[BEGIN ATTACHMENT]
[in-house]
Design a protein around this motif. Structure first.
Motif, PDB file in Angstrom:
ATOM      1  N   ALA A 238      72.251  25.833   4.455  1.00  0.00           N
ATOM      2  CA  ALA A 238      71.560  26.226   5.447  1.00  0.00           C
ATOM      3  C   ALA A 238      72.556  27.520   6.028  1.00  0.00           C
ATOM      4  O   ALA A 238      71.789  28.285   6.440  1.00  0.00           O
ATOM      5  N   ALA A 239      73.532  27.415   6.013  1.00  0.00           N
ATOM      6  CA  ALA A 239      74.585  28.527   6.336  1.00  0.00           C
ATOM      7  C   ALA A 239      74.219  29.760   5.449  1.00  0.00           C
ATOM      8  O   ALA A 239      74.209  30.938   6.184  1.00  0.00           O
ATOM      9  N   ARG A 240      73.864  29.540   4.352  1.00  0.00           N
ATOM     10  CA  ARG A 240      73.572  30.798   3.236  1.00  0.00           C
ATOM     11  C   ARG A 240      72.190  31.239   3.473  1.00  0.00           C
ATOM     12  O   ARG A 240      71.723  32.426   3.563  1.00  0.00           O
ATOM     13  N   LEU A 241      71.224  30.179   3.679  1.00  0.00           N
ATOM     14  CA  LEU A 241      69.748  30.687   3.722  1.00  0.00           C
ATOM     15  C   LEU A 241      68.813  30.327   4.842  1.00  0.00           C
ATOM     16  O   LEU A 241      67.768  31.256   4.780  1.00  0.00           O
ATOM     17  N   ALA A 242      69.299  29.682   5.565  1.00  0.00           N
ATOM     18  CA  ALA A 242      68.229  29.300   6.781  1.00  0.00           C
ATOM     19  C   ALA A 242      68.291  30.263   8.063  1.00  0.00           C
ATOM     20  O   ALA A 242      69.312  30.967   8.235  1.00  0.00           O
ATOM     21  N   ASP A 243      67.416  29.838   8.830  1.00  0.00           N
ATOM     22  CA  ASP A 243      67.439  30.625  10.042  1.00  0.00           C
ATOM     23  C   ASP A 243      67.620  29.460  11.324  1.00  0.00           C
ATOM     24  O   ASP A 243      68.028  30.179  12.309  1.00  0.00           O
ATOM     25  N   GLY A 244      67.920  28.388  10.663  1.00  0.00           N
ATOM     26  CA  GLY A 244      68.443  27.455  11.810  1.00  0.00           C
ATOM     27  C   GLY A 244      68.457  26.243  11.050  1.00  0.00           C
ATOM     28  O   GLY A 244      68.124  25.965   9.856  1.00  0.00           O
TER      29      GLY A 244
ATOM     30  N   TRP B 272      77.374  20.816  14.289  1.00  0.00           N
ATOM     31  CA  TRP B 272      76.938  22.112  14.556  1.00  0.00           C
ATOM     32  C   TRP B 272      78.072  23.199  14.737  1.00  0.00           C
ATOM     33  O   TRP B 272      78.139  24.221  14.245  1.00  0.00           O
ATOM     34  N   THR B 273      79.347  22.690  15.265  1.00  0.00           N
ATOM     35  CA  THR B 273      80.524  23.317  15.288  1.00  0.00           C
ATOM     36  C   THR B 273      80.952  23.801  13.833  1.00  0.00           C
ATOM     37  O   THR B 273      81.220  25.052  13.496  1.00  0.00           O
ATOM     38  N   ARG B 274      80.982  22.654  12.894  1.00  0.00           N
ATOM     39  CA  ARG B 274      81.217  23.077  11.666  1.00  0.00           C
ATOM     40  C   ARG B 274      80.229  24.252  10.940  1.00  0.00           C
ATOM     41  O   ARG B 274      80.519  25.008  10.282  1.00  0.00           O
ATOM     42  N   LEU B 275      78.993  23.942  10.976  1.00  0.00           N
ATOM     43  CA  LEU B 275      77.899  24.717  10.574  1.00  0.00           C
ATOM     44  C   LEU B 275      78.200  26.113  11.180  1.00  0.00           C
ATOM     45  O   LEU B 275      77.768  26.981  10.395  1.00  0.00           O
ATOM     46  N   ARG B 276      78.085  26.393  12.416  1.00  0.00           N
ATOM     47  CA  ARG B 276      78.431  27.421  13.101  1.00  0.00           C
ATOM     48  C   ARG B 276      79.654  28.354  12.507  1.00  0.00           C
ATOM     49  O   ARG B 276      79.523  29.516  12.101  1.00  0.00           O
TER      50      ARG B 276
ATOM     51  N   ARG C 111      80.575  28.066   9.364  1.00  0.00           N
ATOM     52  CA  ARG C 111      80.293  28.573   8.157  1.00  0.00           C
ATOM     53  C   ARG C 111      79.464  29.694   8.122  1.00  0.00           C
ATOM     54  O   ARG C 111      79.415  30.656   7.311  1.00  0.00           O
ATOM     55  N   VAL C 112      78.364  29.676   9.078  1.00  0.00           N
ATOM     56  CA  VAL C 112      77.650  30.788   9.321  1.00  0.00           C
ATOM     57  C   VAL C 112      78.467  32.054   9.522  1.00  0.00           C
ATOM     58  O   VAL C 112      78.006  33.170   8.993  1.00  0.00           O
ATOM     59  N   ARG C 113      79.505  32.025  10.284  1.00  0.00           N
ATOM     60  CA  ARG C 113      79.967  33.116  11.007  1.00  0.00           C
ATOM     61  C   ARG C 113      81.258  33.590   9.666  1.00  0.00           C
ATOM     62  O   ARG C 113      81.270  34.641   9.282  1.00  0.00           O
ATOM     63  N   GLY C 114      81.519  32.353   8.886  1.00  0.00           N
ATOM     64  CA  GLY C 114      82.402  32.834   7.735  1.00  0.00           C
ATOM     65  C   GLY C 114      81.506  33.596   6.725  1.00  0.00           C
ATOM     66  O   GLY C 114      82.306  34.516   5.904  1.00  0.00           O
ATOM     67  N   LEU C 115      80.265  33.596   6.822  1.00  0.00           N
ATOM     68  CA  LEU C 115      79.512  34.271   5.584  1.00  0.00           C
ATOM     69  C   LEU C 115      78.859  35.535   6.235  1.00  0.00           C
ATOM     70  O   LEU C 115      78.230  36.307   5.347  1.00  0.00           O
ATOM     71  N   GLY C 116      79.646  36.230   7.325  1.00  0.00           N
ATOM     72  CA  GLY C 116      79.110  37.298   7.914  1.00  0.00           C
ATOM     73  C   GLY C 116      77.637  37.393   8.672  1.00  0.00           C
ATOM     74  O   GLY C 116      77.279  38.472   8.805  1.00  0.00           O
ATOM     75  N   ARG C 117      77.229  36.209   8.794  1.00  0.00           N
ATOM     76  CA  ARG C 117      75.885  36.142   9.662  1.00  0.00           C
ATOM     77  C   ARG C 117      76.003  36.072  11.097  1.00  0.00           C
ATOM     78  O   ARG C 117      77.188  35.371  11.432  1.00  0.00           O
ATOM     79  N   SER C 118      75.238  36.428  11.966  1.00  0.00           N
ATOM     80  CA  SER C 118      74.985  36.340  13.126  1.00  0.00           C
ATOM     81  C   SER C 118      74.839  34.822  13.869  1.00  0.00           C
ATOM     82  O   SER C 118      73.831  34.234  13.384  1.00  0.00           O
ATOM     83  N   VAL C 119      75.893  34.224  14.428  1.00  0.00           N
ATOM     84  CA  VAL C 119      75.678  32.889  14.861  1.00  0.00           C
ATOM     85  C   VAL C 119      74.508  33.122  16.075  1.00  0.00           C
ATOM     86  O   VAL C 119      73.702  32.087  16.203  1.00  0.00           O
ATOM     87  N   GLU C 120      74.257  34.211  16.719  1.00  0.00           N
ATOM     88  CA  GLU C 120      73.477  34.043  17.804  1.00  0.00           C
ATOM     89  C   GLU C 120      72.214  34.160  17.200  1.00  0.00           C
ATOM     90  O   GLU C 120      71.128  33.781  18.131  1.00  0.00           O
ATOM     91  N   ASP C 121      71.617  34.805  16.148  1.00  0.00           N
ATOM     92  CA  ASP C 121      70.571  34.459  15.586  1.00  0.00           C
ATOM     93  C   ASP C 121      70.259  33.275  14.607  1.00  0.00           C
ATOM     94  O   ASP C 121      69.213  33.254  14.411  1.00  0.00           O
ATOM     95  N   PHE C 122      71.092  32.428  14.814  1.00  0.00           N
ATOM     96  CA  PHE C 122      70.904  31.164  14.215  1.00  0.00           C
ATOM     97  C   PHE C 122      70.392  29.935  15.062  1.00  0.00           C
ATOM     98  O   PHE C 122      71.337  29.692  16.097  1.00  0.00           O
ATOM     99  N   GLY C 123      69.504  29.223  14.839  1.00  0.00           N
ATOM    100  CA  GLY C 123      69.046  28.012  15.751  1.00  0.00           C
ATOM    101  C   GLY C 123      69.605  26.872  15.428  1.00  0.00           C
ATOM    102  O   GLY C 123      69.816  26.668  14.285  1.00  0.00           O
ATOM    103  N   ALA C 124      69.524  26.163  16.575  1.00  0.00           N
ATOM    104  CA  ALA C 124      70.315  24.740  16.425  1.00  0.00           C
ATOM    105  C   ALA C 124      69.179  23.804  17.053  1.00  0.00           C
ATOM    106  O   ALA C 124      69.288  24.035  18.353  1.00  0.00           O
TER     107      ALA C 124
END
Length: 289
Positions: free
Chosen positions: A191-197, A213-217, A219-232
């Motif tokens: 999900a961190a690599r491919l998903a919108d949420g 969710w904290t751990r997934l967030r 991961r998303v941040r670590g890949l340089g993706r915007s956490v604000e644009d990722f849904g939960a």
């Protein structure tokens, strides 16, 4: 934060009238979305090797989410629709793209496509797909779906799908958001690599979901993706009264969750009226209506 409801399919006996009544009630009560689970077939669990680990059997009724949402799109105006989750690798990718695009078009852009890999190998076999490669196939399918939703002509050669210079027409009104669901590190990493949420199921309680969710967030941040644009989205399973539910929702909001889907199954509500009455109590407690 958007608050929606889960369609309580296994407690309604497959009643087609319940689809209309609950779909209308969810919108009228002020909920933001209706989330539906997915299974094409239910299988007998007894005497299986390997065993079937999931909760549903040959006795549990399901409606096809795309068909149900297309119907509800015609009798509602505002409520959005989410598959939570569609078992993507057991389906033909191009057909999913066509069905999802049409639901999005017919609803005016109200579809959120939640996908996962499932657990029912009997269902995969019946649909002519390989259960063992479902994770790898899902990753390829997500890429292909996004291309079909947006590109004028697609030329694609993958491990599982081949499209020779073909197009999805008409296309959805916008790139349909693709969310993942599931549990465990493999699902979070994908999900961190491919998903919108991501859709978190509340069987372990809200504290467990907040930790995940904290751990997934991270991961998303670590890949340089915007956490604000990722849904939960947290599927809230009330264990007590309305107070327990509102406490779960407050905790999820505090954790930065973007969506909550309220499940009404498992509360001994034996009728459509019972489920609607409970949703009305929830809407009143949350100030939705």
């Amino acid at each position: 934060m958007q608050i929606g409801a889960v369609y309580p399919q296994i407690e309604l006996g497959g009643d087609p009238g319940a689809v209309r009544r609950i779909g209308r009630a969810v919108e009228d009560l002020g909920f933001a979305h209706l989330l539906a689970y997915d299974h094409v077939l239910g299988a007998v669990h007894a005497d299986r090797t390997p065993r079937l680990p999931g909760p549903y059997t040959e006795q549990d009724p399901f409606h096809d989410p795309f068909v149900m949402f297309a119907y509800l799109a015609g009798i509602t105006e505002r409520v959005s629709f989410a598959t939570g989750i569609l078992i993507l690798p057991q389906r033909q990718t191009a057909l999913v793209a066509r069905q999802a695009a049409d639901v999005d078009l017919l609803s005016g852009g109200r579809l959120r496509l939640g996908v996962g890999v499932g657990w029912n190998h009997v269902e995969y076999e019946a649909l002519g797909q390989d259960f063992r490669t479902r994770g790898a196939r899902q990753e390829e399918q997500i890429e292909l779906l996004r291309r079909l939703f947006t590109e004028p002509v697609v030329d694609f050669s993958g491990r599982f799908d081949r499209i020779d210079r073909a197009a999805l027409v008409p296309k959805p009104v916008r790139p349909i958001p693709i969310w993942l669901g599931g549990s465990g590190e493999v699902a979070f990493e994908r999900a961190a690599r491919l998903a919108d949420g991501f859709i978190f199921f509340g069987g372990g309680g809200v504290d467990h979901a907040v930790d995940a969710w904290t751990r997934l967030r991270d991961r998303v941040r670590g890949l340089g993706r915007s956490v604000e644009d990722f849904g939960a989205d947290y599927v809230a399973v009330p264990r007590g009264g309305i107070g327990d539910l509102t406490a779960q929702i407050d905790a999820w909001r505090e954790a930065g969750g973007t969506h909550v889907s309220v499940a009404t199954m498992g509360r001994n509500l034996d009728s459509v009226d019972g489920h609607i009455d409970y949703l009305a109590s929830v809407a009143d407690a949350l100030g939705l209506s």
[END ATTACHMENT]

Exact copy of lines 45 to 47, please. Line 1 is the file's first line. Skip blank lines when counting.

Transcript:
ATOM     42  N   LEU B 275      78.993  23.942  10.976  1.00  0.00           N
ATOM     43  CA  LEU B 275      77.899  24.717  10.574  1.00  0.00           C
ATOM     44  C   LEU B 275      78.200  26.113  11.180  1.00  0.00           C